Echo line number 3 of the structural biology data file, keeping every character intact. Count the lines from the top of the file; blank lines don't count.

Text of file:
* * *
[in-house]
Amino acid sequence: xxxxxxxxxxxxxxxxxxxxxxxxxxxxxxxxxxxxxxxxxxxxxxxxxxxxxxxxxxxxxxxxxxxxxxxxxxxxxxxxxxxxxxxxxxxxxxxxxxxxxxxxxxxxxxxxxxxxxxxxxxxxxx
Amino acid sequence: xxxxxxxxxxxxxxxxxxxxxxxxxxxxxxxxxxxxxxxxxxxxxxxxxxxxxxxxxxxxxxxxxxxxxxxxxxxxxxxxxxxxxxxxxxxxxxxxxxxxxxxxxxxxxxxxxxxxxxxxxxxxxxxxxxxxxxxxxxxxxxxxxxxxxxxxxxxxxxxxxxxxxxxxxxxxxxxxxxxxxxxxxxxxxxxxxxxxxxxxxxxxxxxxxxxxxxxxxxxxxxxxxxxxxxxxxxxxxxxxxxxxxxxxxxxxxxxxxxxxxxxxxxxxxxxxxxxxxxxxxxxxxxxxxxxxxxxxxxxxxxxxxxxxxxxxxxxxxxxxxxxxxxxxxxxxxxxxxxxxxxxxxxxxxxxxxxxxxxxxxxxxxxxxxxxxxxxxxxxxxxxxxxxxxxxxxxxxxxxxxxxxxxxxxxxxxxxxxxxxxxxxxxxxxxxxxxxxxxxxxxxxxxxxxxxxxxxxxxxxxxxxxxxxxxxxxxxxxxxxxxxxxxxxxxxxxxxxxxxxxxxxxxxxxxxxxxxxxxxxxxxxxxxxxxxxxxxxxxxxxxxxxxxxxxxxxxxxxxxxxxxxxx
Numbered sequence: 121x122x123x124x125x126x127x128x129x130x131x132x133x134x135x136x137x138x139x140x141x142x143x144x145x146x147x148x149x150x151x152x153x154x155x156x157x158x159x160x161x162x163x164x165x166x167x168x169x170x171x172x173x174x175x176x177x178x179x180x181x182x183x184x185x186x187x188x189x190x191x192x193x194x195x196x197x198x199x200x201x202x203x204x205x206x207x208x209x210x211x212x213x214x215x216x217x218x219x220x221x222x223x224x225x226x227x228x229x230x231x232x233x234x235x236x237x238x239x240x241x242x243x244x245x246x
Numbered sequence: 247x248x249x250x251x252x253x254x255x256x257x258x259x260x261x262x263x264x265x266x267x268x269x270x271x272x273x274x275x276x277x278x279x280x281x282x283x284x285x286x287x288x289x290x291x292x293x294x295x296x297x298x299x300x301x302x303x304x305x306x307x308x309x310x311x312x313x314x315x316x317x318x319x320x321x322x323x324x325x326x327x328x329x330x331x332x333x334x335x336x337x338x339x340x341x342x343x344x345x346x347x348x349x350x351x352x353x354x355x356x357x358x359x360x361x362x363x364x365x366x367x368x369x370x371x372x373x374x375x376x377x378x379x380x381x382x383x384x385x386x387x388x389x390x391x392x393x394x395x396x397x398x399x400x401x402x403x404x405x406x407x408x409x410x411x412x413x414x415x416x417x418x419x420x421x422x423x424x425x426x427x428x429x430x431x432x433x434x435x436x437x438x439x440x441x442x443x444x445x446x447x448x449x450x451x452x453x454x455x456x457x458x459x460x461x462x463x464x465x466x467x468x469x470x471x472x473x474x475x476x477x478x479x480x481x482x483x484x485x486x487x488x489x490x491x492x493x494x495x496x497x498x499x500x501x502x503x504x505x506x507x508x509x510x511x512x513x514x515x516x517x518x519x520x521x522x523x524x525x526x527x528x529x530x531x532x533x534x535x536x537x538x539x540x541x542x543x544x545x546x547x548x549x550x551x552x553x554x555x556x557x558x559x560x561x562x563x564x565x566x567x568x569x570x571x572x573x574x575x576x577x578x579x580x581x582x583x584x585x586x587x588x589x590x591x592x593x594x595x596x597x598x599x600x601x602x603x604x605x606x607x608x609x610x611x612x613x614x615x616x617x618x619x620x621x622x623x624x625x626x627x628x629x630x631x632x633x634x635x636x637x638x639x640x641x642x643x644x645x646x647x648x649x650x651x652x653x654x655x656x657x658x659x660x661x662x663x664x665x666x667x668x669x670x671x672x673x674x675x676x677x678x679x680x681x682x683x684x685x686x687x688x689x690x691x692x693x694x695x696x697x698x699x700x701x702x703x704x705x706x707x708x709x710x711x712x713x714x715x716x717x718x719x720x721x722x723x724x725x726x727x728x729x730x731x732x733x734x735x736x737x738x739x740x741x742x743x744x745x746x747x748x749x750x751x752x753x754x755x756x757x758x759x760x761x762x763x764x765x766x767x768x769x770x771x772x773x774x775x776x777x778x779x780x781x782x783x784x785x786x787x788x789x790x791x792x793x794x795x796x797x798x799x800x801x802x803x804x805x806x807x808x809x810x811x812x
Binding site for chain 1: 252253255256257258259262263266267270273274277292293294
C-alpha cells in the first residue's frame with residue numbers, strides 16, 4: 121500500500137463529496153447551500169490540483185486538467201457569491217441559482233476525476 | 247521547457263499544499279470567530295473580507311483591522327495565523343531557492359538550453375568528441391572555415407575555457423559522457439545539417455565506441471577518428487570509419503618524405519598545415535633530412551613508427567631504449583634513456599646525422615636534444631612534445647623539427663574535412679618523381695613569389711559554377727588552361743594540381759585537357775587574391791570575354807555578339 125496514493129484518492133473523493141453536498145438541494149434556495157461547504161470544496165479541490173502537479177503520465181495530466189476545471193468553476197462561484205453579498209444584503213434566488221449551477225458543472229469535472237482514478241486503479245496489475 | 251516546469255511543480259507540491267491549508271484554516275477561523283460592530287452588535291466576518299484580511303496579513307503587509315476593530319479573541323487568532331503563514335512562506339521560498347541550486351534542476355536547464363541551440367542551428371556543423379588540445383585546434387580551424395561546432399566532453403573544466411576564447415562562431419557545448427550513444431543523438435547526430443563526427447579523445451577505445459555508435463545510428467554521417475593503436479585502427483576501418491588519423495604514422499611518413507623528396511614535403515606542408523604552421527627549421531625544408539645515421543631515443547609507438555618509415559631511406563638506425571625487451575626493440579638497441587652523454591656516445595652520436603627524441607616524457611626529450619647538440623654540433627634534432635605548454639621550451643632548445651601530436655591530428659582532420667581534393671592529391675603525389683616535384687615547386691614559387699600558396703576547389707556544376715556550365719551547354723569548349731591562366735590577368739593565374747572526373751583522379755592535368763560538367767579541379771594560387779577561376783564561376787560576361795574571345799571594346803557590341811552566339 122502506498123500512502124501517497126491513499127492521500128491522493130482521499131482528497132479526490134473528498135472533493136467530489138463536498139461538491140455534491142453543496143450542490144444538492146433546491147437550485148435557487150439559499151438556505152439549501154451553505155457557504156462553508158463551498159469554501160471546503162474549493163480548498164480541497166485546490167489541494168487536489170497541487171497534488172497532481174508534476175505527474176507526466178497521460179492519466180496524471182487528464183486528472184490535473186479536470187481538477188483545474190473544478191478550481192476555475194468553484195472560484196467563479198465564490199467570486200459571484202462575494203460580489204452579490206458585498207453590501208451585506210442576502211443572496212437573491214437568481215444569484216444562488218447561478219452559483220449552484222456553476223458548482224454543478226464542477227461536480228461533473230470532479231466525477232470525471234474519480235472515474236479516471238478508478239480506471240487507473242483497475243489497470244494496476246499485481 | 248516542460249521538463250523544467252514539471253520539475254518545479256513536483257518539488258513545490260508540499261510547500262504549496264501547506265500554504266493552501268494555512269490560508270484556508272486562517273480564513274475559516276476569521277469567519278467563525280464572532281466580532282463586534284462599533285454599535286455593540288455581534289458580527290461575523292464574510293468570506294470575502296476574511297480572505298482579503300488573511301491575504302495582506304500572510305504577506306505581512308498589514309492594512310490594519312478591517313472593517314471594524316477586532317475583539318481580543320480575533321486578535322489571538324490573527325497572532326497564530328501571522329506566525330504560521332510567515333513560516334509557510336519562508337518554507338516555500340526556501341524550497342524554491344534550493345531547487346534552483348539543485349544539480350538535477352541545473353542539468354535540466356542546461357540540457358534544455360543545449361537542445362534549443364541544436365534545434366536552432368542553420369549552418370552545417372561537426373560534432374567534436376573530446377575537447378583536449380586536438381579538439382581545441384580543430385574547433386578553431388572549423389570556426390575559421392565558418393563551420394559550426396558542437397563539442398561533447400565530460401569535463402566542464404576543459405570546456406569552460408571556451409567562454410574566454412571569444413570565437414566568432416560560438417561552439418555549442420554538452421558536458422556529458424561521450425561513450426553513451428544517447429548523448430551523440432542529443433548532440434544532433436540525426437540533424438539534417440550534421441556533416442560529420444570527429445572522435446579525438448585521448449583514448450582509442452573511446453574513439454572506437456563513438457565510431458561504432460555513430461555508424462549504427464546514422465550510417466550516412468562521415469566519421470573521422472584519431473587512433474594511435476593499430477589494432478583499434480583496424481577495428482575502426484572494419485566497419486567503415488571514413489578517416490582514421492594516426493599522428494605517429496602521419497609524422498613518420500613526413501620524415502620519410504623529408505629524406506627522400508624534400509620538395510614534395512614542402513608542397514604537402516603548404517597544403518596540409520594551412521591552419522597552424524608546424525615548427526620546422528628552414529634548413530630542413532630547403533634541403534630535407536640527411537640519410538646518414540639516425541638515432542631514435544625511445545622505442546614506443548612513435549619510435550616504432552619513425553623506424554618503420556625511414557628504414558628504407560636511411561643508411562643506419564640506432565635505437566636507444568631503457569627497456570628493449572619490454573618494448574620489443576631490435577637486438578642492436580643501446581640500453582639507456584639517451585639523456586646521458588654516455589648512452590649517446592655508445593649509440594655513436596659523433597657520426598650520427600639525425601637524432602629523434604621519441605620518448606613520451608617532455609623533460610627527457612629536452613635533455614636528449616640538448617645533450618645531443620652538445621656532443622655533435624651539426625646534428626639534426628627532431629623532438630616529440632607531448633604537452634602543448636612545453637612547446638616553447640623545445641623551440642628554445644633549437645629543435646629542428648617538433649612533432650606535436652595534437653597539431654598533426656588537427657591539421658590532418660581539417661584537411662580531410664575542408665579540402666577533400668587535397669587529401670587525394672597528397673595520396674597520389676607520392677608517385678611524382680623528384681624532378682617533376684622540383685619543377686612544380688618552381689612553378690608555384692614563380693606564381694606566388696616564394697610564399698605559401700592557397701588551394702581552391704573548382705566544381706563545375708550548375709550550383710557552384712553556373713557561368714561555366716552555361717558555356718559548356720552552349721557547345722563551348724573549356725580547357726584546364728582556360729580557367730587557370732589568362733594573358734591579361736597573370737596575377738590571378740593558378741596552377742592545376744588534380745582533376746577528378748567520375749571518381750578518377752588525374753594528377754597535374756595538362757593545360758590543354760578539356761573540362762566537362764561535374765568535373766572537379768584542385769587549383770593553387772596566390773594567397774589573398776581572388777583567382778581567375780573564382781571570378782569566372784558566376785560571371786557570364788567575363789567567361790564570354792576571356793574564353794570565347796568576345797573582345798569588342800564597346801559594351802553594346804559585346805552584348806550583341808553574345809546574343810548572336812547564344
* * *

Amino acid sequence: xxxxxxxxxxxxxxxxxxxxxxxxxxxxxxxxxxxxxxxxxxxxxxxxxxxxxxxxxxxxxxxxxxxxxxxxxxxxxxxxxxxxxxxxxxxxxxxxxxxxxxxxxxxxxxxxxxxxxxxxxxxxxxxxxxxxxxxxxxxxxxxxxxxxxxxxxxxxxxxxxxxxxxxxxxxxxxxxxxxxxxxxxxxxxxxxxxxxxxxxxxxxxxxxxxxxxxxxxxxxxxxxxxxxxxxxxxxxxxxxxxxxxxxxxxxxxxxxxxxxxxxxxxxxxxxxxxxxxxxxxxxxxxxxxxxxxxxxxxxxxxxxxxxxxxxxxxxxxxxxxxxxxxxxxxxxxxxxxxxxxxxxxxxxxxxxxxxxxxxxxxxxxxxxxxxxxxxxxxxxxxxxxxxxxxxxxxxxxxxxxxxxxxxxxxxxxxxxxxxxxxxxxxxxxxxxxxxxxxxxxxxxxxxxxxxxxxxxxxxxxxxxxxxxxxxxxxxxxxxxxxxxxxxxxxxxxxxxxxxxxxxxxxxxxxxxxxxxxxxxxxxxxxxxxxxxxxxxxxxxxxxxxxxxxxxxxxxxxxxxxxxxxx